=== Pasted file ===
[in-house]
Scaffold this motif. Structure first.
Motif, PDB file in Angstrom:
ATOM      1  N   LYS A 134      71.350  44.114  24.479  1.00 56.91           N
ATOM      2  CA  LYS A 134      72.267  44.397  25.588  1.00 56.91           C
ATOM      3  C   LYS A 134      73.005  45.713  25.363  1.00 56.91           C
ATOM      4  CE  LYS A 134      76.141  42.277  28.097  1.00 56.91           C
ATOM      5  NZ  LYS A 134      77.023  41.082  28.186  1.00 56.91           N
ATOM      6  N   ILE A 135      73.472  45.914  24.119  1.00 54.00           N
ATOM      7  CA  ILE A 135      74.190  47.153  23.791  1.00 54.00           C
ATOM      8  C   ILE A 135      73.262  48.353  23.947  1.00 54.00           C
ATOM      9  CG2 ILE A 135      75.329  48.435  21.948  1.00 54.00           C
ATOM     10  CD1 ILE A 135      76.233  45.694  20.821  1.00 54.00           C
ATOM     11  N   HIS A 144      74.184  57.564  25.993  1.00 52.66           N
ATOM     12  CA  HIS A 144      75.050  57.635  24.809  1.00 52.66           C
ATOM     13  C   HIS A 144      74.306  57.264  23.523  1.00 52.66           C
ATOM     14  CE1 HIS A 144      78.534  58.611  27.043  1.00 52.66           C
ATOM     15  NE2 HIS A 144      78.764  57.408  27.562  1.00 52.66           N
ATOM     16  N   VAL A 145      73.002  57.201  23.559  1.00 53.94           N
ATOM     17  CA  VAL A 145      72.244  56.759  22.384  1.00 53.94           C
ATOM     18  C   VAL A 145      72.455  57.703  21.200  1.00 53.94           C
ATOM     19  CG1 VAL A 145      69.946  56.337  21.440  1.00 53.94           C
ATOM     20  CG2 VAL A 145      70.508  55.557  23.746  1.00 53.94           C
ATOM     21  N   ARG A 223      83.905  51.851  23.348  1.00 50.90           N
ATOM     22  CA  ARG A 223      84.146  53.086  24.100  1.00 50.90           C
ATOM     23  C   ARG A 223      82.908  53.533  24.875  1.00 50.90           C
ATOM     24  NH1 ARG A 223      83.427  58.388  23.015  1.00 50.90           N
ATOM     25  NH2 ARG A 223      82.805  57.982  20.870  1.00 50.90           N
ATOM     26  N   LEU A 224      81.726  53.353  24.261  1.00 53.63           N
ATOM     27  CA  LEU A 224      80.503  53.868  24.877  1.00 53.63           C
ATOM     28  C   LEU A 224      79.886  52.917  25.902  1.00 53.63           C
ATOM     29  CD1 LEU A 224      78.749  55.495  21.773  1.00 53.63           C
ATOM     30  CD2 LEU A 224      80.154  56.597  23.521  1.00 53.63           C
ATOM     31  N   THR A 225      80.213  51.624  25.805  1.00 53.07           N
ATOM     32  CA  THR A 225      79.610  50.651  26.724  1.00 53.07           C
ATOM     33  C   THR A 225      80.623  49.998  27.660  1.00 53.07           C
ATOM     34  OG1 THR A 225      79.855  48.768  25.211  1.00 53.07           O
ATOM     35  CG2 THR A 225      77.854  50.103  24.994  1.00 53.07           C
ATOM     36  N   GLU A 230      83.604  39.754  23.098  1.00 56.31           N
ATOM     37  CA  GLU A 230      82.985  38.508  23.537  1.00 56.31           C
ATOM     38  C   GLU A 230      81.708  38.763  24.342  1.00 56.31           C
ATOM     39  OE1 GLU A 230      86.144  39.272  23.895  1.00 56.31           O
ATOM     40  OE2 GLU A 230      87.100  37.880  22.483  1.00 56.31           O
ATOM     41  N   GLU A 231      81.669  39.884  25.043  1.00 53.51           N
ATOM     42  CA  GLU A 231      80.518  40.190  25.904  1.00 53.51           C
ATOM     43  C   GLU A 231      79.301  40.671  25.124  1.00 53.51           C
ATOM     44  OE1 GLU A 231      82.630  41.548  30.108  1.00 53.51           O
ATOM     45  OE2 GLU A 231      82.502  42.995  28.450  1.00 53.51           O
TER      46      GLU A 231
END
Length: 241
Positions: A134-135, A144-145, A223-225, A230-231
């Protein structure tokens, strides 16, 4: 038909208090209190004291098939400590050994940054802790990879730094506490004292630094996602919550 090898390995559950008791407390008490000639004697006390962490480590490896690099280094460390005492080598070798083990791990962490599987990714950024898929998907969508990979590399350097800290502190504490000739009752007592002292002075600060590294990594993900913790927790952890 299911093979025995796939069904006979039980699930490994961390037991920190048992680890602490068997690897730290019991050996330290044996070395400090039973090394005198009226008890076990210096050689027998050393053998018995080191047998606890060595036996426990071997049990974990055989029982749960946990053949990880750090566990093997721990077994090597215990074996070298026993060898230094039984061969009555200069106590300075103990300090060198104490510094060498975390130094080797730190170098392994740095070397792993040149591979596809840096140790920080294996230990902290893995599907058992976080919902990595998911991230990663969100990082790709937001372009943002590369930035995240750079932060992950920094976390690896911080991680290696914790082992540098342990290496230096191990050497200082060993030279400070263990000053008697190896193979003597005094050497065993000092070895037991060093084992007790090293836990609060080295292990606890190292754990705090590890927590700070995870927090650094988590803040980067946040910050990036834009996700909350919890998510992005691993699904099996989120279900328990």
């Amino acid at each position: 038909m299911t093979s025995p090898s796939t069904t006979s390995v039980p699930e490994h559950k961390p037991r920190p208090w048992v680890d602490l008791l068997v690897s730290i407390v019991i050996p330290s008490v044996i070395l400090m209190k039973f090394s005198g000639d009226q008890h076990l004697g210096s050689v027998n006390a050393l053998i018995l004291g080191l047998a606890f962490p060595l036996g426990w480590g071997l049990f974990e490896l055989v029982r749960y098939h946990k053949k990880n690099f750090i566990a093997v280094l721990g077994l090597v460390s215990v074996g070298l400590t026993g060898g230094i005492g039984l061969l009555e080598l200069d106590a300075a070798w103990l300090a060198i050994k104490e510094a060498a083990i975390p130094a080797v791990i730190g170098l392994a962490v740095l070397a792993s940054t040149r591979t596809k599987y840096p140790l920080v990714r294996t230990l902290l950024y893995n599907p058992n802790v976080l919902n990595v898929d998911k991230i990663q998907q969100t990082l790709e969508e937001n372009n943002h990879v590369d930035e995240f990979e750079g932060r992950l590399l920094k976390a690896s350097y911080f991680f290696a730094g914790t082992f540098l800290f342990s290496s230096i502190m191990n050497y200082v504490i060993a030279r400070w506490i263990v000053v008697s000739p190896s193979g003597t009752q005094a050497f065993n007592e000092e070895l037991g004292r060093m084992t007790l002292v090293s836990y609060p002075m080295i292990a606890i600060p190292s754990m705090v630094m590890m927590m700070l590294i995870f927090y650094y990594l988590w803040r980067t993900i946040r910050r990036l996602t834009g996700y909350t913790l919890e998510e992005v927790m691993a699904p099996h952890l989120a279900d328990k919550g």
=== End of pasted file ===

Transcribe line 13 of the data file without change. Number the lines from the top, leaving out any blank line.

ATOM     10  CD1 ILE A 135      76.233  45.694  20.821  1.00 54.00           C